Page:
While you are together, you don a tight, green leotard before going out. Your favorite. He looks at you, says, You’re so fucking hot. But, he pauses. Who is that for, anyway? You laugh. You, of course, you tell him.  I mean, he continues, I won’t be the only one looking at you if you do that.

 You turn to a mirror. Your sides seem to spill over your jeans. Your arms look like they’re being squeezed. You feel ugly. You leave that night wearing a loose black shirt. You give the leotard to your sister a few months later. I can’t leave the house wearing stuff like that anymore, you tell her, smile tight.


Once, in your kitchen, he shows you how to ska dance. He grips your wrists, spins you around until the room is a blur. You smile so hard at his thin limbed thrashing, your face hurts for hours after. When you show him your wrists, bruised, he runs his thumb over your bones with impossible gentleness, regret between his brows.  It was worth it, you reassure him. It’s one of the few things you’re certain of.

He yells at you while you’re visiting friends from college. His voice is so loud the phone hums: a wasp against your ear.

He yells at you outside a club for wanting to fuck his friend. Drunk, he sits on the curb and lets a homeless woman wielding a paint set outside the venue color his cheeks. You think how you have never been so afraid of a face covered in flowers.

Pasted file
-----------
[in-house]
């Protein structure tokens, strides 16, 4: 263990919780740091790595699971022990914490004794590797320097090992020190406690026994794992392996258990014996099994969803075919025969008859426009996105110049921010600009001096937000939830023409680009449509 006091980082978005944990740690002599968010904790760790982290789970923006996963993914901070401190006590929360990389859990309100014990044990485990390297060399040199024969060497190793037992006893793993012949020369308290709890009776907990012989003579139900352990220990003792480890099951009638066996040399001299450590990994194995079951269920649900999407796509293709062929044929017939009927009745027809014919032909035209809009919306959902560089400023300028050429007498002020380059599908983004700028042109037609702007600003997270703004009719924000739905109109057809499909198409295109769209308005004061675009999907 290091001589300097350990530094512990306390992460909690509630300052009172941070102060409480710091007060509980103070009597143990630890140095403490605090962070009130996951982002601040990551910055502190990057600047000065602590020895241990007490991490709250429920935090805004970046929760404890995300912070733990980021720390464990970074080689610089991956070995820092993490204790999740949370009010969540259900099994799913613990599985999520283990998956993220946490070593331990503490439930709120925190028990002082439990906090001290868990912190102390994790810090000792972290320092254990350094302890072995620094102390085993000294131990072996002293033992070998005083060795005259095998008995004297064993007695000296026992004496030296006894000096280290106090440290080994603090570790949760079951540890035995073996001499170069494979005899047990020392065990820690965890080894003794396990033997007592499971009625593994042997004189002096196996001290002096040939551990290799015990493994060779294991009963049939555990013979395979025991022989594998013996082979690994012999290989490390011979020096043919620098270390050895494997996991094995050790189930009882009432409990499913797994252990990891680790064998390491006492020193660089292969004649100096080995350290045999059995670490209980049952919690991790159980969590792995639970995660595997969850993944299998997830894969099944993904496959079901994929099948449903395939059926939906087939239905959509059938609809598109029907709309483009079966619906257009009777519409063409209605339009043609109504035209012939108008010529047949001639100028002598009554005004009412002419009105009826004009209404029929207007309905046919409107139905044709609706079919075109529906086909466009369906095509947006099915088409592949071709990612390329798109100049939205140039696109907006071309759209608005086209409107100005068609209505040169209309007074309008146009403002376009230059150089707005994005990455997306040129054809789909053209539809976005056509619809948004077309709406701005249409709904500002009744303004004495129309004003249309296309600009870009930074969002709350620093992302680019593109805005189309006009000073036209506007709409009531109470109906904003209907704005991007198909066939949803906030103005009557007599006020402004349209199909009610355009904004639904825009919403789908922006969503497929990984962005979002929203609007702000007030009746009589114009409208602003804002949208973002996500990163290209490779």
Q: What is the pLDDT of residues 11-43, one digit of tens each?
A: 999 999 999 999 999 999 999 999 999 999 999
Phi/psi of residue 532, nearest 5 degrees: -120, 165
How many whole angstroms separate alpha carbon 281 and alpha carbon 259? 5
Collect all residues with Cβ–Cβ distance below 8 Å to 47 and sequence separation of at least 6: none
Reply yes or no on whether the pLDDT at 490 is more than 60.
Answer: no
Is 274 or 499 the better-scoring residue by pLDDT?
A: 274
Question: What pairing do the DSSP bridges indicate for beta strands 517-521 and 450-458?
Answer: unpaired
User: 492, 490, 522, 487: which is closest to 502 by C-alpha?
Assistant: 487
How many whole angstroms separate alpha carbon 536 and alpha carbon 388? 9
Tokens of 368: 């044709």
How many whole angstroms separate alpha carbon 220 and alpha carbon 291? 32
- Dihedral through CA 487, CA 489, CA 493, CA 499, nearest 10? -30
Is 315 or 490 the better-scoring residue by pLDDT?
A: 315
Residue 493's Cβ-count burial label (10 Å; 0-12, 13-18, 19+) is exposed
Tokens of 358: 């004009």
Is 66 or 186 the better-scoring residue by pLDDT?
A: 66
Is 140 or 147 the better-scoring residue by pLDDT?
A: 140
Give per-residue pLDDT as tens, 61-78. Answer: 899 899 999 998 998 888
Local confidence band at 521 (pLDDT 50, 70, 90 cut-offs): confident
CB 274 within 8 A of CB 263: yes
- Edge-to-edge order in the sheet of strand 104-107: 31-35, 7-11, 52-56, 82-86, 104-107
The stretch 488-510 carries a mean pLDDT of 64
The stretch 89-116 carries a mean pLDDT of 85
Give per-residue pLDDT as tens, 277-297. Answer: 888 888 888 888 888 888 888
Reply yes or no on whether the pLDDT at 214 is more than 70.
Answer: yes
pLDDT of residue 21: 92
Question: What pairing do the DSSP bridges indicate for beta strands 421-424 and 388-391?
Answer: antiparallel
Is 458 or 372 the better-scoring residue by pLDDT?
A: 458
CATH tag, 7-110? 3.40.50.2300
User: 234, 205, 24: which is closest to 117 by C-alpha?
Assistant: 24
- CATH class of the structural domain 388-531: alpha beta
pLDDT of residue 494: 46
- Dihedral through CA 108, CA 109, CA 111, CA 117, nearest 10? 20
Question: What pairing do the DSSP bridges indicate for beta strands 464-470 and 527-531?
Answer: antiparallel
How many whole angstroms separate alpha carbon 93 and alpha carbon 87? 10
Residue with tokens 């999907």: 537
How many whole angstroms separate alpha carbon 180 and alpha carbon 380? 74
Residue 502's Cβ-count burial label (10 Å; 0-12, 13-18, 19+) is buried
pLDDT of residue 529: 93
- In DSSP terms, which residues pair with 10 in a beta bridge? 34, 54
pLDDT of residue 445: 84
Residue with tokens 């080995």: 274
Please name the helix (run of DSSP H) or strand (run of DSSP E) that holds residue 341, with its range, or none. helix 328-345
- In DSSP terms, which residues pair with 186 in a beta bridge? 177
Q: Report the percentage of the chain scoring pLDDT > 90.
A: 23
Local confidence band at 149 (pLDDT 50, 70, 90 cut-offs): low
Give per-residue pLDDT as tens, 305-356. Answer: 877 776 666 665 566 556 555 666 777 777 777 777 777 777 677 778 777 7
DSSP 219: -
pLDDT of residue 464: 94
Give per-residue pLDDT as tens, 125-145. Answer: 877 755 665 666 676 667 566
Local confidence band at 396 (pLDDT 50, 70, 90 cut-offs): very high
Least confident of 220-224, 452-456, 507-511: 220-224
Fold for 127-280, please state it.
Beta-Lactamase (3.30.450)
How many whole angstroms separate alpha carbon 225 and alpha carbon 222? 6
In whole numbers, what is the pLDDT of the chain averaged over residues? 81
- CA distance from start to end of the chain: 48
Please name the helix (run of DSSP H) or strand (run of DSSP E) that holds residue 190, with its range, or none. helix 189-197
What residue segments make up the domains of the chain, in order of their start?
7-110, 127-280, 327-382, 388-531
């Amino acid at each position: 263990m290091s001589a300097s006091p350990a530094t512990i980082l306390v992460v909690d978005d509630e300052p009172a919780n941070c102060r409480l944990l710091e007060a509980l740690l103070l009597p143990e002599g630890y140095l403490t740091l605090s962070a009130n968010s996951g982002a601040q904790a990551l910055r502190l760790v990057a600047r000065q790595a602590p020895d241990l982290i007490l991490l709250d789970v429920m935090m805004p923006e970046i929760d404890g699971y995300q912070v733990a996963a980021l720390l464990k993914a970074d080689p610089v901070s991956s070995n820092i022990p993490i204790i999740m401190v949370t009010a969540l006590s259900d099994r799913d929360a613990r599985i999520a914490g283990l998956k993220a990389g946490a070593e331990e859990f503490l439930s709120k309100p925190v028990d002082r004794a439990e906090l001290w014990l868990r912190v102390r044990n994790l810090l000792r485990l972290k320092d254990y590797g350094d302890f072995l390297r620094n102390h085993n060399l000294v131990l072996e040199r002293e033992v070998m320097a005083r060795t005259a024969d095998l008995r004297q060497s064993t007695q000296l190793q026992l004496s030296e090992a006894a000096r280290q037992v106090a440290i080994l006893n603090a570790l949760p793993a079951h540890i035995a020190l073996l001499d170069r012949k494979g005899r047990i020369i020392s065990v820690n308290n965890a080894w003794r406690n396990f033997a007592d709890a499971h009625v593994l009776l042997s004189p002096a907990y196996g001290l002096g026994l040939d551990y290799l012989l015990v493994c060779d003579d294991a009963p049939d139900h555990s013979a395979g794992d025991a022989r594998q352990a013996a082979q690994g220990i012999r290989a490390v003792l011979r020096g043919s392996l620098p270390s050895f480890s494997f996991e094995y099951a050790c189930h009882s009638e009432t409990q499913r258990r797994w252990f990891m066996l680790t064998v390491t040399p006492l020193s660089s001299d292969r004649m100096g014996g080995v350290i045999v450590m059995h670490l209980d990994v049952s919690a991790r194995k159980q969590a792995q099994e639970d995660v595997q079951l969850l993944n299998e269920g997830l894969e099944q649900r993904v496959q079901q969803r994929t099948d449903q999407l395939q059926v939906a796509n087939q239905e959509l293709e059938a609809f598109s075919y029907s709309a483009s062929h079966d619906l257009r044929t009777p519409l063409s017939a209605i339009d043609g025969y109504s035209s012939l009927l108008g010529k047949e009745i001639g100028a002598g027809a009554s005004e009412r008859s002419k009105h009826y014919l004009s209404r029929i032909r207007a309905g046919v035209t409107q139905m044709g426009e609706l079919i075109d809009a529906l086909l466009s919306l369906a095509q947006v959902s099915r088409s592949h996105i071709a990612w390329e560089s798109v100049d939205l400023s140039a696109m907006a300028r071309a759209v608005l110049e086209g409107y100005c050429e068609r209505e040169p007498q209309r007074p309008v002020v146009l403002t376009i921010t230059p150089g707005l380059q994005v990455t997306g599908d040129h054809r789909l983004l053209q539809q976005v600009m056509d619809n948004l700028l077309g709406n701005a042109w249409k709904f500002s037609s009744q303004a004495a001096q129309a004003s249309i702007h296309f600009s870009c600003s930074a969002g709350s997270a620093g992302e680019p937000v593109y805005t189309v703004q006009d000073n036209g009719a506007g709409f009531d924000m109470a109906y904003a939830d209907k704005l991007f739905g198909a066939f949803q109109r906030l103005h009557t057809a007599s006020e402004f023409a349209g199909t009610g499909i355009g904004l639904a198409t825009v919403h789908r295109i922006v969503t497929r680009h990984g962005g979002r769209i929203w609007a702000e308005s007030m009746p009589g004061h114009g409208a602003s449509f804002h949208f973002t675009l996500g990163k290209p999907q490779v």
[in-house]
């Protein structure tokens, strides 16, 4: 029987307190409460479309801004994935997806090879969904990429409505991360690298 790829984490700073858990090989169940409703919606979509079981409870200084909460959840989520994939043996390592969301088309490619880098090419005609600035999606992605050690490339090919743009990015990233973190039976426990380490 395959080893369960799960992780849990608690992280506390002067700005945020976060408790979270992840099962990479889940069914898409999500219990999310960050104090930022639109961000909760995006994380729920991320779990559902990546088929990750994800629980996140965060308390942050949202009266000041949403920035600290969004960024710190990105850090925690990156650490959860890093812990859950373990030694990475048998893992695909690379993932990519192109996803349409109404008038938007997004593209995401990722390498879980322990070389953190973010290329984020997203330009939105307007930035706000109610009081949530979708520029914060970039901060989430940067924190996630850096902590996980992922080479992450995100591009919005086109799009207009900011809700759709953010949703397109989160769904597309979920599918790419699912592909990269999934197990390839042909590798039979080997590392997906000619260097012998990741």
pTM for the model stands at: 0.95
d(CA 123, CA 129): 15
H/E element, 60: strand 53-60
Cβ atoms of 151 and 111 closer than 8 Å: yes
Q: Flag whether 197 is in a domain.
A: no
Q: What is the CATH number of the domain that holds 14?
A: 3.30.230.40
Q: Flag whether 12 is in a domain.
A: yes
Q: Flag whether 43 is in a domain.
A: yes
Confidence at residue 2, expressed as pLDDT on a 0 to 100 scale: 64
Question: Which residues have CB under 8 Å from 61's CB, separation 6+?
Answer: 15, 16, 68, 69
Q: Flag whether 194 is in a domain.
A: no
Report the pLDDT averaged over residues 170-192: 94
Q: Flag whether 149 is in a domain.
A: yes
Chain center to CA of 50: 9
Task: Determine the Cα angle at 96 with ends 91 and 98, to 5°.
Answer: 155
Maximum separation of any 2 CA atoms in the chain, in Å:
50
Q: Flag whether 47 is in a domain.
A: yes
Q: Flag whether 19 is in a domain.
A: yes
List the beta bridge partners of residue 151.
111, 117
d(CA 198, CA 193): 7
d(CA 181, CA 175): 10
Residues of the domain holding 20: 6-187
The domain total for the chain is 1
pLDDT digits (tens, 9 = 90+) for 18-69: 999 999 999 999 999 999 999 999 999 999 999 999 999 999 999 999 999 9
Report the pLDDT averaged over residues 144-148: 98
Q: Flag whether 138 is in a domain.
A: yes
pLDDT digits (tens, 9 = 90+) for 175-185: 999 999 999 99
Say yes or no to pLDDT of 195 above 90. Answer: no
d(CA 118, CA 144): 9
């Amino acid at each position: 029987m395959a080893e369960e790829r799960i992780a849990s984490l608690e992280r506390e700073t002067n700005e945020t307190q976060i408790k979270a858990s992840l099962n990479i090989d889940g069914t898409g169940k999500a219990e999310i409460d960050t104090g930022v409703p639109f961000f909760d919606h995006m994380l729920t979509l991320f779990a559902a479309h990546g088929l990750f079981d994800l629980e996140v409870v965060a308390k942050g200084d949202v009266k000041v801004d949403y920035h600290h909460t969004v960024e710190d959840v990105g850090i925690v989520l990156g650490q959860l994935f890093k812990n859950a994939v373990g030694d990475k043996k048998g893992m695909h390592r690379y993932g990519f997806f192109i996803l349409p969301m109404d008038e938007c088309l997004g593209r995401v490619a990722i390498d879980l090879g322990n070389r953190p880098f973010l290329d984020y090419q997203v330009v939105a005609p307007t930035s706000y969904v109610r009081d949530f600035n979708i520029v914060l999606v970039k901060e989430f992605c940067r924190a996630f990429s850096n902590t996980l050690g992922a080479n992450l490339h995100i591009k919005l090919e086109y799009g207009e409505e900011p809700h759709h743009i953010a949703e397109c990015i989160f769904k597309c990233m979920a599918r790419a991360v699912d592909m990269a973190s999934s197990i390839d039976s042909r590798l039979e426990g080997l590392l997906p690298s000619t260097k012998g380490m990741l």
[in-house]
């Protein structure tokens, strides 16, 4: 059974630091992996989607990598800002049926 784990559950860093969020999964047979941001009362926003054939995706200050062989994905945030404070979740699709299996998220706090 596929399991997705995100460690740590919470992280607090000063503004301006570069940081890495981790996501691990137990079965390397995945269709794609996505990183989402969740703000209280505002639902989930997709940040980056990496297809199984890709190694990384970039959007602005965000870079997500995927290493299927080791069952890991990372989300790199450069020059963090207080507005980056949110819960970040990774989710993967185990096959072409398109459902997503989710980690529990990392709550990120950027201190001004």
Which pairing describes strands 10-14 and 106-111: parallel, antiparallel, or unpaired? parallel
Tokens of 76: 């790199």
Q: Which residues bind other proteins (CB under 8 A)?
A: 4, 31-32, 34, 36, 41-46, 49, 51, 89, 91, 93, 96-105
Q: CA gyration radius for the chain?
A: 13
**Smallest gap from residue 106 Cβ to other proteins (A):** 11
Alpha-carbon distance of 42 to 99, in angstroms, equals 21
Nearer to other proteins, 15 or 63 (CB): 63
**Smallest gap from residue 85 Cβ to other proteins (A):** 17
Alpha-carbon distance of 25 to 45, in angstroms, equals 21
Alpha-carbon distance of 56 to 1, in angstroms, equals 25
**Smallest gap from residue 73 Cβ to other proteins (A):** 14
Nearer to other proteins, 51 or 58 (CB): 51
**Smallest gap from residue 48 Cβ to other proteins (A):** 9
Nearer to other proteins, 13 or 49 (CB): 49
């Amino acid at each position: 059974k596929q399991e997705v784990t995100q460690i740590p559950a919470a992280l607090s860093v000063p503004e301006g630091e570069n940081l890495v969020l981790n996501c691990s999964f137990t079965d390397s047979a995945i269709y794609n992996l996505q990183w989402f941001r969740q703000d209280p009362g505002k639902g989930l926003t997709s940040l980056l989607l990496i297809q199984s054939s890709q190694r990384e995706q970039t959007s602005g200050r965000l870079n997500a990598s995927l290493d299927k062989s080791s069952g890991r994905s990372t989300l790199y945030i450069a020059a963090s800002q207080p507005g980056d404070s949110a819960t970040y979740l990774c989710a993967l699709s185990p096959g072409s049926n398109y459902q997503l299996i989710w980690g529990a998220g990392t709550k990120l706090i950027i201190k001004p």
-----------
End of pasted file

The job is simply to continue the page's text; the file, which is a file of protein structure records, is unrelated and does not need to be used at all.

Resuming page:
You try to explain to him after these moments that you were upset, that you were sorry. You started it, he tells you. You yelled at me. You were fucking drunk. You were blacked out. I should know. How could you know? You don’t know what you’re talking about.

He’s right, you know. You were drunk. Yelled back. But you don’t remember not remembering.

One minute, you are scratching at his dandruff, legs wrapped around his waist in your home in West Virginia. The next, you are squatting on your dark threshold a thousand miles away from him, from home, in Oklahoma, desperately patting at flames, trying to put out the fire that consumed the last letter he sent you. You can’t believe yourself for burning it. You can’t believe yourself for weeping openly in a t-shirt and a pink thong while mourning the charred leaves of paper floating down the street. You hear a car start. You stand up, look into a far-off neighbor’s yellow window, and suddenly you’re in his house, in Morgantown. You trail behind him and wonder why he does not face you. You cannot see the mountainscape skyline you know slouches west, but you imagine the hills carved, split like a cherry between two teeth. How did we get here? you ask. What happened? He turns off the light and gives you your answer.

Amanda Gaines is an Appalachian writer and Ph.D. candidate in OSU’s creative writing program. Her poetry and nonfiction are published or awaiting publication in Yemassee, Redivider, New Orleans Review, Southeast Review, The Southern Review, Juked, Rattle, New South, SmokeLong Quarterly, Ninth Letter, and Superstition Review.